Talk covers LDS connection to railroad

Feb 19 2013 - 10:00am


OGDEN -- Keeping a sense of heritage alive in a techno-savvy world may seem challenging to some, but Uintah native Mark Stuart has discovered a way of connecting with the past through an event that helped to thrust technology into the present.

"The Mormons and the Transcontinental Railroad," a presentation Stuart gave Saturday morning at the Ogden Family Search Library, deals with LDS society's role in America's western expansion.

"I think few people out there in the world acknowledge the contribution the Mormon church made to the railroad. We always hear about the Chinese and the Irish, but the Mormon contribution is overlooked," Stuart said.

Stuart, a retired seminary teacher for The Church of Jesus Christ of Latter-day Saints, began his presentation with a PowerPoint filled with facts chronicling the history of locomotives leading up to the building of the Transcontinental Railroad, from the invention of the steam engine in 1769 to the westward expansion from 1840 to 1869. During that time, about 250,000 people moved west, a third of whom were Mormons seeking religious freedom.

Stuart described the changes that took place in communities such as his native Uintah.

"Overnight, it goes from being a small, sleepy Mormon town to a hell on wheels, with a population of about 5,000 people. It had 100 businesses, and most of them were big tents with wooden fronts, including about 40 gambling saloons," Stuart said.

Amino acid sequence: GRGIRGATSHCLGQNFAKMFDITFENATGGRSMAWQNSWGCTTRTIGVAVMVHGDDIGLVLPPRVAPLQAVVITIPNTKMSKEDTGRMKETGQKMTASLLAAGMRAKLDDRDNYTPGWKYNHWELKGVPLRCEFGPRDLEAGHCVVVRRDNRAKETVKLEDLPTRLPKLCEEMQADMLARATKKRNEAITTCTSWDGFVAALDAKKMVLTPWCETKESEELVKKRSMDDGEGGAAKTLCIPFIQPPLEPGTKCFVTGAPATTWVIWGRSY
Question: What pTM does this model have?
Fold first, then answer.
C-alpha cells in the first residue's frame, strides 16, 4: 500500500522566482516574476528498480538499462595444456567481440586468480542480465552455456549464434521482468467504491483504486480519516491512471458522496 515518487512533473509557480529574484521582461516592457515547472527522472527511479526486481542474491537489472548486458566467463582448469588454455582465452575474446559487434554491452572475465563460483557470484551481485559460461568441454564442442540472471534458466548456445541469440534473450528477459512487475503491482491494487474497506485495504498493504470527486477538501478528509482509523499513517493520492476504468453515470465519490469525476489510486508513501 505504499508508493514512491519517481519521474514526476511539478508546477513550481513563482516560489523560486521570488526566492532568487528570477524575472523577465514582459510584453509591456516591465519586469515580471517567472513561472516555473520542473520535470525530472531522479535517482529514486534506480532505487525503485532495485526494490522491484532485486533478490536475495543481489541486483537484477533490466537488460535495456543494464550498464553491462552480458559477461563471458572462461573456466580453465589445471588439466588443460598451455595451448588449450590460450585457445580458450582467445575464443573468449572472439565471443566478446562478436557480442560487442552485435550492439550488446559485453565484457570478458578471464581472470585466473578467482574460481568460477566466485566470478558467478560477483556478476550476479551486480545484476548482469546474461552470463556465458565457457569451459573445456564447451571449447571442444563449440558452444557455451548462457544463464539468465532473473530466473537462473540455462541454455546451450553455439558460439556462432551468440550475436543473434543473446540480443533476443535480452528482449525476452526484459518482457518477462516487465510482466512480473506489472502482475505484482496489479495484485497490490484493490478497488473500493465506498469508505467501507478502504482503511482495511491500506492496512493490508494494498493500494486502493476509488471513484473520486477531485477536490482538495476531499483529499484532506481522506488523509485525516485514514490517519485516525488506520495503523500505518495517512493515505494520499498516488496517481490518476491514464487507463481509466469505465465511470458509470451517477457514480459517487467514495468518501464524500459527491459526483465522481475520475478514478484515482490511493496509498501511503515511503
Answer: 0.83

Nearly 6,000 Mormons were at work on building the Transcontinental Railroad by fall 1868, with the goal of the Union Pacific and Central Pacific railroads merging by summer of 1869.

Although Mormons were valued for their skills and their ability to contribute their own supplies to the construction, their efforts were not rewarded monetarily until well after the completion of the railroad in May 1869, due mostly to shady dealings by a congressman who diverted to himself the money that was due the LDS workers.

"A three-year recession occurred because you had all these people who didn't get paid. The church had been using its resources to keep the workers afloat," Stuart said.

Despite the hardships many people were forced to endure, Stuart sees the Transcontinental Railroad as a symbol of the American spirit.

"This is one of the wonders of the modern world. All the so-called sophisticated nations said it couldn't be done, and American ingenuity, hard work and drive pushed it through. This was one of the engineering marvels of their day and age," Stuart said.

More information about Utah's heritage can be found at the Ogden Family Search Library at 539 E. 24th St.

From Around the Web